I like the look of the current Civic, especially in its exciting Si and Type R versions. It’s sleek and angular, with undulating character lines that keep it from looking too blocky.
In back, a center-mounted exhaust looks like it came from a video game, while 18-inch wheels and glossy black trim complete the sinister, aggressive package.

At A Glance

What was tested? 2019 Honda Civic Si Two-Door ($24,300). Options: None. Price as tested (including $920 destination charge): $25,220
Wheelbase: 106.3 in.
Length: 177.4 in.
Width: 70.8 in.
Height: 54.7 in.
Engine: 1.5-liter turbocharged four cylinder (205 hp, 192 lbs.-ft.)
Transmission: Six-speed manual
Fuel economy: 28 city, 38 highway

Style: 9
Performance: 9
Price: 10
Handling: 10
Ride: 6
Comfort: 6
Quality: 8
Overall: 9

Why buy it? 
It’s a terrific amount of fun, performance and style for a reasonable price.

Posted in Honda

New Mazda3 Impresses

By Derek Price

If I made a checklist of what every car company should do to boost their sedan sales at a time of crossover-vehicle mania, it would look something like this:
“Give it a gorgeous cabin covered in soft-touch materials. Install a smartphone interface that’s incredibly easy to use. Pen it a sexy body. And to woo those crossover buyers, make it get noticeably better gas mileage than a similar sized CUV — plus offer it with all-wheel drive.”
The completely redesigned Mazda3 checks off all those boxes and more. It’s exactly what I think car manufacturers should be doing if they want to win a bigger piece of the shrinking four-door-sedan pie.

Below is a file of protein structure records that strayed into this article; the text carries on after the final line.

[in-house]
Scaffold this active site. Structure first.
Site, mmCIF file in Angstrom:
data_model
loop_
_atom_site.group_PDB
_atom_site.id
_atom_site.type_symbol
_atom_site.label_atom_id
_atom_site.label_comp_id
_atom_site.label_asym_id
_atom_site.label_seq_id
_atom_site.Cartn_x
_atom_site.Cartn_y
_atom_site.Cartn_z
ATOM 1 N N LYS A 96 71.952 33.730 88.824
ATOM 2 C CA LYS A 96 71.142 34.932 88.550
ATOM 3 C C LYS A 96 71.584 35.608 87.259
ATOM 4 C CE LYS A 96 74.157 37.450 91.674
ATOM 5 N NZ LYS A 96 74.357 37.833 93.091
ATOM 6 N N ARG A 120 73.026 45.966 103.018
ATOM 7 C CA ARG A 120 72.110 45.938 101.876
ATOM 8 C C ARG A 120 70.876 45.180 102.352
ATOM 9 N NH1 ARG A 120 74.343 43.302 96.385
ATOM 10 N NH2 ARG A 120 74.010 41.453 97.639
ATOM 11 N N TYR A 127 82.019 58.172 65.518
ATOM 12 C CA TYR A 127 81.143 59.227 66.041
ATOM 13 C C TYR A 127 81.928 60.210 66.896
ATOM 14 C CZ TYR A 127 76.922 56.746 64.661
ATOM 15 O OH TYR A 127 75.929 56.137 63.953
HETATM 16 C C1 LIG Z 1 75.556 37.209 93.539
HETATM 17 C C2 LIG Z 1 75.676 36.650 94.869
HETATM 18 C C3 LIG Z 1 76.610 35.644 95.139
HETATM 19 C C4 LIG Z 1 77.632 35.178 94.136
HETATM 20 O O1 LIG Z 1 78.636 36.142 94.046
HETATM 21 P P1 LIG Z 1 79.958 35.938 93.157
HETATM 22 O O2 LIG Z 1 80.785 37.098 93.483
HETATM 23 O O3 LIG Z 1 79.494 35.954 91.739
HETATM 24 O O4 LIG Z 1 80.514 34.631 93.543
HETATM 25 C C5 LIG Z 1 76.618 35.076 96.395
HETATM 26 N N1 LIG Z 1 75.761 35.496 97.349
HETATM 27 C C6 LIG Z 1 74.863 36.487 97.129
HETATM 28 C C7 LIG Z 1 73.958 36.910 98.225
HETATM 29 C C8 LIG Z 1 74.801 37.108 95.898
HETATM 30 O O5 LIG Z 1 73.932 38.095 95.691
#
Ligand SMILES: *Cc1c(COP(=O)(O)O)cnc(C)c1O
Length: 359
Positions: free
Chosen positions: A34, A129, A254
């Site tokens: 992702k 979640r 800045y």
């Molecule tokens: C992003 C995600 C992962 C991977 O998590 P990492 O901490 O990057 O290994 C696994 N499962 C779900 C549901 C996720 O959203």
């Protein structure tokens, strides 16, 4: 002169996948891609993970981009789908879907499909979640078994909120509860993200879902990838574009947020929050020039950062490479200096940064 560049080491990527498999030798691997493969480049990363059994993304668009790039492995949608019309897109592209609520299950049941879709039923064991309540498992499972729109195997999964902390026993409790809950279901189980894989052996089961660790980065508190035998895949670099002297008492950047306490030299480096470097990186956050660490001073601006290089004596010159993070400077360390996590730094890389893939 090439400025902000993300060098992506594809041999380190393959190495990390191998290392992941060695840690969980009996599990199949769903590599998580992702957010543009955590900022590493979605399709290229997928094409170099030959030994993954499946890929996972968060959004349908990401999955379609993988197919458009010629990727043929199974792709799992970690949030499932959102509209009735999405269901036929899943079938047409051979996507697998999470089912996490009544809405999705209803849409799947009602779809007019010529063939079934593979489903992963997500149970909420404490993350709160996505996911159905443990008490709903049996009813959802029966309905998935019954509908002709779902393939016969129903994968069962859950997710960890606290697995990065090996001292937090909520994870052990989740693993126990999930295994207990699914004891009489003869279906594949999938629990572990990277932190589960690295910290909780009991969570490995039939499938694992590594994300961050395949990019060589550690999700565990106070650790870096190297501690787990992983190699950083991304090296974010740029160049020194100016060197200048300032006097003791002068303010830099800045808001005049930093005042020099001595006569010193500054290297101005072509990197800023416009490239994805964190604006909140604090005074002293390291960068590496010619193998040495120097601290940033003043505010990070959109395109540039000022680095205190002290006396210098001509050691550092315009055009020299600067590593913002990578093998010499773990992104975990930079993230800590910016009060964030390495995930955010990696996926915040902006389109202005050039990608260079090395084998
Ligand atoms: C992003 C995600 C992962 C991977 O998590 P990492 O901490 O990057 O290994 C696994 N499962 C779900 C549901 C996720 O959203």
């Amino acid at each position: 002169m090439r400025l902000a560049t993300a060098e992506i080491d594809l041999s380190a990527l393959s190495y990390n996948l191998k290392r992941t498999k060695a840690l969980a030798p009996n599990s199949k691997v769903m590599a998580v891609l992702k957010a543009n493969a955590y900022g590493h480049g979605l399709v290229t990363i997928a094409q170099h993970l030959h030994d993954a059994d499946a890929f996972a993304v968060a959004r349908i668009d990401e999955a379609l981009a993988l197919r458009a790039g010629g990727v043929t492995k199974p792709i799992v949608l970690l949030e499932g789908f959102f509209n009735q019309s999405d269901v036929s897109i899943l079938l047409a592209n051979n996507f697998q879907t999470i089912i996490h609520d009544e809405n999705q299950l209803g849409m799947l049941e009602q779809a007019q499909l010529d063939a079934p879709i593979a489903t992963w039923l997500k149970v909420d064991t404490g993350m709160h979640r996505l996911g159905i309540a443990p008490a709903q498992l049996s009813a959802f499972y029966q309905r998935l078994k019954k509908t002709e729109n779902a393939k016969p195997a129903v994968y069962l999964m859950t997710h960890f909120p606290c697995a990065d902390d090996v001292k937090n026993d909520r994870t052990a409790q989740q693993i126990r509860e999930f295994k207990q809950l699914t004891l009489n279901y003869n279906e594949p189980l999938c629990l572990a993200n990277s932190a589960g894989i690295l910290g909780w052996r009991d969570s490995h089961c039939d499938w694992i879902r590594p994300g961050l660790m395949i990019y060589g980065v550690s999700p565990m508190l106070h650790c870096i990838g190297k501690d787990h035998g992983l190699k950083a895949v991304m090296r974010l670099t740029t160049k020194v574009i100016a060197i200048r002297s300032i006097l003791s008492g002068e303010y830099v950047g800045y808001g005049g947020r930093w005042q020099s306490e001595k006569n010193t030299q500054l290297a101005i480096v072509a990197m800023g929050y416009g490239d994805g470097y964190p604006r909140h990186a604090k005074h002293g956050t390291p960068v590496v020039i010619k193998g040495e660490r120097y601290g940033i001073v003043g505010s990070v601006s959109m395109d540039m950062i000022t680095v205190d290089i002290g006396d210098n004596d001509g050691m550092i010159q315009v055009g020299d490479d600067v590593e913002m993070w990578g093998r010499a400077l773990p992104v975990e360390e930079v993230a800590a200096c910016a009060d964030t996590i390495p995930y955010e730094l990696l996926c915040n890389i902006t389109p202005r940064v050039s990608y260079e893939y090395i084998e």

It starts with attacking competitors at their weakest points: styling and handling.
To my eyes, most of today’s sedans either look bland or ugly, with cookie-cutter shapes and “bold” grilles that seem more ridiculous than attractive. It’s no surprise when buyers pass them up for an equally dull CUV.
Mazda went a different direction with the new 3. The grille opening is sleek and low, a nice departure from the gaping maw that’s more common on new cars these days.

The Mazda3 gets an all-new design for 2019 that looks sleek and modern. It’s available with all-wheel drive for the first time this year.

While the sedan looks tastefully understated, like it could easily pass muster in a luxury showroom, it’s the hatchback that tugs at my heartstrings. Its low-slung, classically proportioned body reminds me of the Alfa Romeo GTV from the 1970s and the Volkswagen Scirocco from the 1980s, both hatchbacks that have aged well for the same reasons as this new Mazda3 hatch. Good style is timeless.
Its handling also stands out from the crowd. Communicative brake, suspension and steering tuning work in concert to make this car fun and rewarding in corners, a hallmark of the Mazda brand.
Inside, the new cabin is striking for its sophistication. Maybe it was the unusual choice of an impractical but beautiful color for the interior trim — white — but I thought the minimalist look of my tester’s cabin was the most original and beautiful design since I drove the BMW i3 electric car a few years ago.